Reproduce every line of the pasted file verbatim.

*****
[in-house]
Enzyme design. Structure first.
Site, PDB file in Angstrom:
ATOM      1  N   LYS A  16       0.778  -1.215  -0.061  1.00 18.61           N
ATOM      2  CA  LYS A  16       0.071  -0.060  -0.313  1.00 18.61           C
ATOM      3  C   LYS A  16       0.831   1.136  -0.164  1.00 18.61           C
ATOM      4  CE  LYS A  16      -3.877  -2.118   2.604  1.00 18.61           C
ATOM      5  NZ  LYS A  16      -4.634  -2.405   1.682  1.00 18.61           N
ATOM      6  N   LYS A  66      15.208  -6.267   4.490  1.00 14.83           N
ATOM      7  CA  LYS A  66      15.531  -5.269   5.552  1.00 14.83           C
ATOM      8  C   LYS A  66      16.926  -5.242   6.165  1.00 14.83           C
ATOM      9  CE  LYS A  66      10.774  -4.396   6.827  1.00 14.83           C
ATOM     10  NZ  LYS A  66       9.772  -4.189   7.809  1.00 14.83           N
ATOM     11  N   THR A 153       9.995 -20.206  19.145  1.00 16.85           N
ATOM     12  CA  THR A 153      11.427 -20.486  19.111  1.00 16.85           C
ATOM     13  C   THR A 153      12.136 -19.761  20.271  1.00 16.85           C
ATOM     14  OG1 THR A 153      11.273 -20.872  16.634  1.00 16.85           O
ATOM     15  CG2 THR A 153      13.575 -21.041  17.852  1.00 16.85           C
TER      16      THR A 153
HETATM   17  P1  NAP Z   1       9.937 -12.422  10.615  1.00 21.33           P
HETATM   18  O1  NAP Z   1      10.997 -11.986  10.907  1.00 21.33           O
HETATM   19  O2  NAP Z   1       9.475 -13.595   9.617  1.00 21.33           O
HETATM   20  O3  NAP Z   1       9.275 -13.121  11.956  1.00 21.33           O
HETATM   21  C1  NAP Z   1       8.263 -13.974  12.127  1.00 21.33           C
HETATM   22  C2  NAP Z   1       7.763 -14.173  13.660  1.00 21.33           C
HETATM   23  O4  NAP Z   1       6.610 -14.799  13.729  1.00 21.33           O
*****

[in-house]
Enzyme design. Structure first.
Site, PDB file in Angstrom:
ATOM      1  N   LYS A  16       0.778  -1.215  -0.061  1.00 18.61           N
ATOM      2  CA  LYS A  16       0.071  -0.060  -0.313  1.00 18.61           C
ATOM      3  C   LYS A  16       0.831   1.136  -0.164  1.00 18.61           C
ATOM      4  CE  LYS A  16      -3.877  -2.118   2.604  1.00 18.61           C
ATOM      5  NZ  LYS A  16      -4.634  -2.405   1.682  1.00 18.61           N
ATOM      6  N   LYS A  66      15.208  -6.267   4.490  1.00 14.83           N
ATOM      7  CA  LYS A  66      15.531  -5.269   5.552  1.00 14.83           C
ATOM      8  C   LYS A  66      16.926  -5.242   6.165  1.00 14.83           C
ATOM      9  CE  LYS A  66      10.774  -4.396   6.827  1.00 14.83           C
ATOM     10  NZ  LYS A  66       9.772  -4.189   7.809  1.00 14.83           N
ATOM     11  N   THR A 153       9.995 -20.206  19.145  1.00 16.85           N
ATOM     12  CA  THR A 153      11.427 -20.486  19.111  1.00 16.85           C
ATOM     13  C   THR A 153      12.136 -19.761  20.271  1.00 16.85           C
ATOM     14  OG1 THR A 153      11.273 -20.872  16.634  1.00 16.85           O
ATOM     15  CG2 THR A 153      13.575 -21.041  17.852  1.00 16.85           C
TER      16      THR A 153
HETATM   17  P1  NAP Z   1       9.937 -12.422  10.615  1.00 21.33           P
HETATM   18  O1  NAP Z   1      10.997 -11.986  10.907  1.00 21.33           O
HETATM   19  O2  NAP Z   1       9.475 -13.595   9.617  1.00 21.33           O
HETATM   20  O3  NAP Z   1       9.275 -13.121  11.956  1.00 21.33           O
HETATM   21  C1  NAP Z   1       8.263 -13.974  12.127  1.00 21.33           C
HETATM   22  C2  NAP Z   1       7.763 -14.173  13.660  1.00 21.33           C
HETATM   23  O4  NAP Z   1       6.610 -14.799  13.729  1.00 21.33           O